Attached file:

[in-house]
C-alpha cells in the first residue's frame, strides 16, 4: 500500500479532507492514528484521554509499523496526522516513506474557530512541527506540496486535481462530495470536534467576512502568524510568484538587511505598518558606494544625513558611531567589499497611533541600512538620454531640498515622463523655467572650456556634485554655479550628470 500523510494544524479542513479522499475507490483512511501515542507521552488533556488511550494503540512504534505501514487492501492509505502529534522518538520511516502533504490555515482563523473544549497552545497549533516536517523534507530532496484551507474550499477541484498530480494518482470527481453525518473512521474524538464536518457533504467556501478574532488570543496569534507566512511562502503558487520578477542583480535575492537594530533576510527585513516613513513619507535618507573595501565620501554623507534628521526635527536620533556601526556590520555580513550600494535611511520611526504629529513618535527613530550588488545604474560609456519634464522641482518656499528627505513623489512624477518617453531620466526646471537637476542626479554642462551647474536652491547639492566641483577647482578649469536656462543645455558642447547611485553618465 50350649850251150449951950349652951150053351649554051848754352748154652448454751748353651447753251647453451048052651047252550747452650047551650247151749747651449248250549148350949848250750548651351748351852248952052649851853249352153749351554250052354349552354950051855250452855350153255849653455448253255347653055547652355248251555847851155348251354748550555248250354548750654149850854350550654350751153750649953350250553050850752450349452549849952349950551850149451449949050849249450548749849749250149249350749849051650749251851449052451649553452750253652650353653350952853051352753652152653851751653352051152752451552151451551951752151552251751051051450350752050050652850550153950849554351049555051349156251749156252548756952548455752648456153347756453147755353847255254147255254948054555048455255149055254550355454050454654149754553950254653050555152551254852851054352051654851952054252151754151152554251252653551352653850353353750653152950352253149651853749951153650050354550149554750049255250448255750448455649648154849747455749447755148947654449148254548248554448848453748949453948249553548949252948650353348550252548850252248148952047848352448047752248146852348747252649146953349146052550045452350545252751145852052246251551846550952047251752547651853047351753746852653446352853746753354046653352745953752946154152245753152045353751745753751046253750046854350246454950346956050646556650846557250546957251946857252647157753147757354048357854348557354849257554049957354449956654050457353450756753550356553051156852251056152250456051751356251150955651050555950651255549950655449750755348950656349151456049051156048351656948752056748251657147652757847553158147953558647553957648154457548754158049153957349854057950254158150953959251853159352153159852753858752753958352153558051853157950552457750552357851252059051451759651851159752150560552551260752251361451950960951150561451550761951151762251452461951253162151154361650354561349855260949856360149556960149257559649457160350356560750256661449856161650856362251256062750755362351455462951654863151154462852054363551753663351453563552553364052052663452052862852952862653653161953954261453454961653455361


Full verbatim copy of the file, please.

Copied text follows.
[in-house]
C-alpha cells in the first residue's frame, strides 16, 4: 500500500479532507492514528484521554509499523496526522516513506474557530512541527506540496486535481462530495470536534467576512502568524510568484538587511505598518558606494544625513558611531567589499497611533541600512538620454531640498515622463523655467572650456556634485554655479550628470 500523510494544524479542513479522499475507490483512511501515542507521552488533556488511550494503540512504534505501514487492501492509505502529534522518538520511516502533504490555515482563523473544549497552545497549533516536517523534507530532496484551507474550499477541484498530480494518482470527481453525518473512521474524538464536518457533504467556501478574532488570543496569534507566512511562502503558487520578477542583480535575492537594530533576510527585513516613513513619507535618507573595501565620501554623507534628521526635527536620533556601526556590520555580513550600494535611511520611526504629529513618535527613530550588488545604474560609456519634464522641482518656499528627505513623489512624477518617453531620466526646471537637476542626479554642462551647474536652491547639492566641483577647482578649469536656462543645455558642447547611485553618465 50350649850251150449951950349652951150053351649554051848754352748154652448454751748353651447753251647453451048052651047252550747452650047551650247151749747651449248250549148350949848250750548651351748351852248952052649851853249352153749351554250052354349552354950051855250452855350153255849653455448253255347653055547652355248251555847851155348251354748550555248250354548750654149850854350550654350751153750649953350250553050850752450349452549849952349950551850149451449949050849249450548749849749250149249350749849051650749251851449052451649553452750253652650353653350952853051352753652152653851751653352051152752451552151451551951752151552251751051051450350752050050652850550153950849554351049555051349156251749156252548756952548455752648456153347756453147755353847255254147255254948054555048455255149055254550355454050454654149754553950254653050555152551254852851054352051654851952054252151754151152554251252653551352653850353353750653152950352253149651853749951153650050354550149554750049255250448255750448455649648154849747455749447755148947654449148254548248554448848453748949453948249553548949252948650353348550252548850252248148952047848352448047752248146852348747252649146953349146052550045452350545252751145852052246251551846550952047251752547651853047351753746852653446352853746753354046653352745953752946154152245753152045353751745753751046253750046854350246454950346956050646556650846557250546957251946857252647157753147757354048357854348557354849257554049957354449956654050457353450756753550356553051156852251056152250456051751356251150955651050555950651255549950655449750755348950656349151456049051156048351656948752056748251657147652757847553158147953558647553957648154457548754158049153957349854057950254158150953959251853159352153159852753858752753958352153558051853157950552457750552357851252059051451759651851159752150560552551260752251361451950960951150561451550761951151762251452461951253162151154361650354561349855260949856360149556960149257559649457160350356560750256661449856161650856362251256062750755362351455462951654863151154462852054363551753663351453563552553364052052663452052862852952862653653161953954261453454961653455361